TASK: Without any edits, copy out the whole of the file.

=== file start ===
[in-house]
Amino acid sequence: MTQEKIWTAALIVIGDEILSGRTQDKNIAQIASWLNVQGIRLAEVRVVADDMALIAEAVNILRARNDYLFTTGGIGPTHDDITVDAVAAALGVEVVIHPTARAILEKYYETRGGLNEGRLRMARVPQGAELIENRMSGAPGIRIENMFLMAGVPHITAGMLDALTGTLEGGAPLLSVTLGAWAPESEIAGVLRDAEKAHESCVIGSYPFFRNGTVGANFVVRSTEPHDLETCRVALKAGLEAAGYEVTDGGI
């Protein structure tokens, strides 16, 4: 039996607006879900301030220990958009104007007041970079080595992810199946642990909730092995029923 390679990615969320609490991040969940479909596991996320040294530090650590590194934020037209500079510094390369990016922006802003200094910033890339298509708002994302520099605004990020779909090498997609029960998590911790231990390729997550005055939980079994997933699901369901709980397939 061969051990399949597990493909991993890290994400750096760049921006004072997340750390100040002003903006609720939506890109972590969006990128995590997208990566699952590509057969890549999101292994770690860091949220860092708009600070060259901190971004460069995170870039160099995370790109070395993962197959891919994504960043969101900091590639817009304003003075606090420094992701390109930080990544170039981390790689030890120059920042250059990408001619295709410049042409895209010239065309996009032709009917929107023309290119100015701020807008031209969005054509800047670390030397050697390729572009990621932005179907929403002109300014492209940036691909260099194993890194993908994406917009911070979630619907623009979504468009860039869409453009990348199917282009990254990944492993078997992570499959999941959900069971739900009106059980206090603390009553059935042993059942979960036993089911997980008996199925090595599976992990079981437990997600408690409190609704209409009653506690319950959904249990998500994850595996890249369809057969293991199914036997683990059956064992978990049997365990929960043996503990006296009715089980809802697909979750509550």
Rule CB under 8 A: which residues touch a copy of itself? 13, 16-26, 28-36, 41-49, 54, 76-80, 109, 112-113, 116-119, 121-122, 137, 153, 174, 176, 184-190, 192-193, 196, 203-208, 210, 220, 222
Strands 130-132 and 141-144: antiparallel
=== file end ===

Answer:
[in-house]
Amino acid sequence: MTQEKIWTAALIVIGDEILSGRTQDKNIAQIASWLNVQGIRLAEVRVVADDMALIAEAVNILRARNDYLFTTGGIGPTHDDITVDAVAAALGVEVVIHPTARAILEKYYETRGGLNEGRLRMARVPQGAELIENRMSGAPGIRIENMFLMAGVPHITAGMLDALTGTLEGGAPLLSVTLGAWAPESEIAGVLRDAEKAHESCVIGSYPFFRNGTVGANFVVRSTEPHDLETCRVALKAGLEAAGYEVTDGGI
């Protein structure tokens, strides 16, 4: 039996607006879900301030220990958009104007007041970079080595992810199946642990909730092995029923 390679990615969320609490991040969940479909596991996320040294530090650590590194934020037209500079510094390369990016922006802003200094910033890339298509708002994302520099605004990020779909090498997609029960998590911790231990390729997550005055939980079994997933699901369901709980397939 061969051990399949597990493909991993890290994400750096760049921006004072997340750390100040002003903006609720939506890109972590969006990128995590997208990566699952590509057969890549999101292994770690860091949220860092708009600070060259901190971004460069995170870039160099995370790109070395993962197959891919994504960043969101900091590639817009304003003075606090420094992701390109930080990544170039981390790689030890120059920042250059990408001619295709410049042409895209010239065309996009032709009917929107023309290119100015701020807008031209969005054509800047670390030397050697390729572009990621932005179907929403002109300014492209940036691909260099194993890194993908994406917009911070979630619907623009979504468009860039869409453009990348199917282009990254990944492993078997992570499959999941959900069971739900009106059980206090603390009553059935042993059942979960036993089911997980008996199925090595599976992990079981437990997600408690409190609704209409009653506690319950959904249990998500994850595996890249369809057969293991199914036997683990059956064992978990049997365990929960043996503990006296009715089980809802697909979750509550």
Rule CB under 8 A: which residues touch a copy of itself? 13, 16-26, 28-36, 41-49, 54, 76-80, 109, 112-113, 116-119, 121-122, 137, 153, 174, 176, 184-190, 192-193, 196, 203-208, 210, 220, 222
Strands 130-132 and 141-144: antiparallel